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Archive for the ‘Christian service’ Category

James 4:17 says that knowing the right things to do spiritually, but then not doing them, is sinful.

I choose to apply this teaching in a positive way.

I intentionally glorify God and help His people when I choose to do the things scripture has called me to do.

I’m turning knowing into doing.

I need to do this with 100 percent of my decisions, which means I still have some room for improvement.

Perhaps you do, too.

We encounter decision intersections all the time, testing if our faith will guide us or if our faith will be seen as the ignored back-seat driver.

We all know which choice God wants for us.

When it comes to sharing money with others in need, what would God have us to do?

When it comes to forgiving one who has offended us, what would God have us to do?

When it comes to rejecting temptations that would damage our Christian testimony before others or perhaps only before God, what would He have us to do?

When it comes to inviting others to a home fellowship group/Bible study, what would God have us to do?

When it comes to giving tithes and other offerings to support congregational and missions ministry, what would God have us to do?

For each of the above and for countless other decision intersections, it’s clear what God wants from us.

Let’s obey His will and avoid the label of “sinful.”

It’s so much better to know that we’ve honored God and helped others.

As always, I love you
Martin

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If you gave up a week’s vacation just so you could give detailed lessons to a relative wanting to learn sewing or carpentry or plumbing — but then the relative never did anything with the lessons learned — you’d probably be very disappointed and reluctant to help that relative again.

We know that we only have so much time in this life and we want to be the best stewards possible of that time.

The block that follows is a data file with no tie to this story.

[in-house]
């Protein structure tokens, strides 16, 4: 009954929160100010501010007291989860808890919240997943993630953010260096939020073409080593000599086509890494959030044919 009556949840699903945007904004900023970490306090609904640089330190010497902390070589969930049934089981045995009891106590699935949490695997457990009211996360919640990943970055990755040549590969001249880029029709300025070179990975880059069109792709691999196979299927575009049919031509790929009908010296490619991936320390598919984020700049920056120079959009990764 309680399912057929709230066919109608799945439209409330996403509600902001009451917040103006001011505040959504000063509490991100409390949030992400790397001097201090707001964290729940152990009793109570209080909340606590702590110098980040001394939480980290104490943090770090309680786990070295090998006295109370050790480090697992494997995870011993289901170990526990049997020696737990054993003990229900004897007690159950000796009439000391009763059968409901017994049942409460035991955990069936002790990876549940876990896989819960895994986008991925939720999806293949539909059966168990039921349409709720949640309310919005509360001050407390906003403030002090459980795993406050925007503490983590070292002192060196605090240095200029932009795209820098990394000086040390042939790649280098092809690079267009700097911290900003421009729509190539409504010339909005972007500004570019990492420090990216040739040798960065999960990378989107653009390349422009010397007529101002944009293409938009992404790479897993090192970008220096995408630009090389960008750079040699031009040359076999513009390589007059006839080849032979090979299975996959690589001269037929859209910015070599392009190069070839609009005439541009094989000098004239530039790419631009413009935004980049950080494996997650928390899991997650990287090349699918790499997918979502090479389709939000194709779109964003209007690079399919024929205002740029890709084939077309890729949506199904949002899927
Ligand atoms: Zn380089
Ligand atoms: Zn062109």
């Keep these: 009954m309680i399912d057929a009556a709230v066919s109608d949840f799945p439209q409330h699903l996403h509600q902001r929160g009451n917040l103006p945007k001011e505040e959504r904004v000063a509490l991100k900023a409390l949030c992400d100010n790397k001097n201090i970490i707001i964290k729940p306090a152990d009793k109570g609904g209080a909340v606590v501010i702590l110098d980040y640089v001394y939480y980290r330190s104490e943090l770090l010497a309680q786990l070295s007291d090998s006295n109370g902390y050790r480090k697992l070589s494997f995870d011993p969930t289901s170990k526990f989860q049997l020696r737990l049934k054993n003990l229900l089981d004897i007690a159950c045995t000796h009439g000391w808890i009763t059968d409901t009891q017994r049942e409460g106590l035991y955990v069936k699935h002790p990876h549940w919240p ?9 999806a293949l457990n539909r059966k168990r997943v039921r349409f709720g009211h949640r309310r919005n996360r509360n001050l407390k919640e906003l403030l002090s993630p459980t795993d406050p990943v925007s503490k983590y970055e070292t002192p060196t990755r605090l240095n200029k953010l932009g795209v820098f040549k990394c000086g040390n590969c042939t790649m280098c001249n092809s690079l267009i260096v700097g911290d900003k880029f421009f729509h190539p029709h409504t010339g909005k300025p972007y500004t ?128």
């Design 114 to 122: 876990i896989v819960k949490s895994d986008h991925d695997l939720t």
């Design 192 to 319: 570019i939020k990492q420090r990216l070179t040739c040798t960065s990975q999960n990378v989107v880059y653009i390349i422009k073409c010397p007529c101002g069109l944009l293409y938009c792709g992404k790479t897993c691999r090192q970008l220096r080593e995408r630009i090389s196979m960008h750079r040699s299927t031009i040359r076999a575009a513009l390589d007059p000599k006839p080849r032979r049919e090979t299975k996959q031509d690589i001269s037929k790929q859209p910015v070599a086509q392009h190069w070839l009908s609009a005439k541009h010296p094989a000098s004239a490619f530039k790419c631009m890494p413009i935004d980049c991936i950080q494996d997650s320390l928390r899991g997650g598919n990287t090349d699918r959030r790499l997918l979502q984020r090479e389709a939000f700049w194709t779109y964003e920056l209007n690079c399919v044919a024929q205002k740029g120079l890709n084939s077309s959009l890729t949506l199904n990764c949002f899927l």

I hope that none of us would ask someone to invest a large chunk of time into us and our spoken plans and then we don’t put their investment to use in our lives.

If you’ve ever been on the mentor side of this situation, you know the frustration of thinking you could have better used the time somewhere else.

God wants us to be good stewards of the investment made into our lives by Jesus Christ.

God saved us so that we’ll become more like Jesus, doing good deeds and bringing glory to the Father in heaven.

Ephesians 2:10 says we are saved in order to do good works. Colossians 3:17 says that all of our efforts should be pointed toward bringing glory to God.

Here’s a description of our role model’s life, one we’re called to imitate.

“He gave his life to free us from every kind of sin, to cleanse us, and to make us his very own people, totally committed to doing good deeds.” (Titus 2:14)

Jesus did SO much for us.

Let’s not squander His investment into our lives and into our eternity.

He cleansed us.

He put His name upon us.

Let’s be totally committed to doing good deeds.

It’s what responsible relatives do.

As always, I love you
Martin

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So why does your Sunday School teacher teach?

Why does your home Bible study leader lead?

Why does your preacher preach?

In fact, why does anybody teach within the life of the church?

To make disciples, that’s why.

To aid believers’ growth from spiritual infancy to spiritual maturity.

To lovingly help people become the agents of ministry that God saved them and shapes them to be.

I want to become more effective with teaching, leading, preaching, growing, loving.

According to the Apostle Paul, my effectiveness will increase as I increasingly possess and display a pure heart, a clear conscience and a genuine faith.

Here is Paul’s recipe for godly instruction that produces the loving believers that God desires and the world needs:

“The purpose of my instruction is that all believers would be filled with love that comes from a pure heart, a clear conscience, and genuine faith.” (I Timothy 1:5)

I pray that you know several Christians who appear to possess pure hearts, clear consciences and genuine faith

For you will surely be blessed with their love.

Want to be more loving to the people in your life? To the point of overflowing?

Fill your mind with scripture. Fill your heart with prayer and praise. Fill your day with acts of love toward others.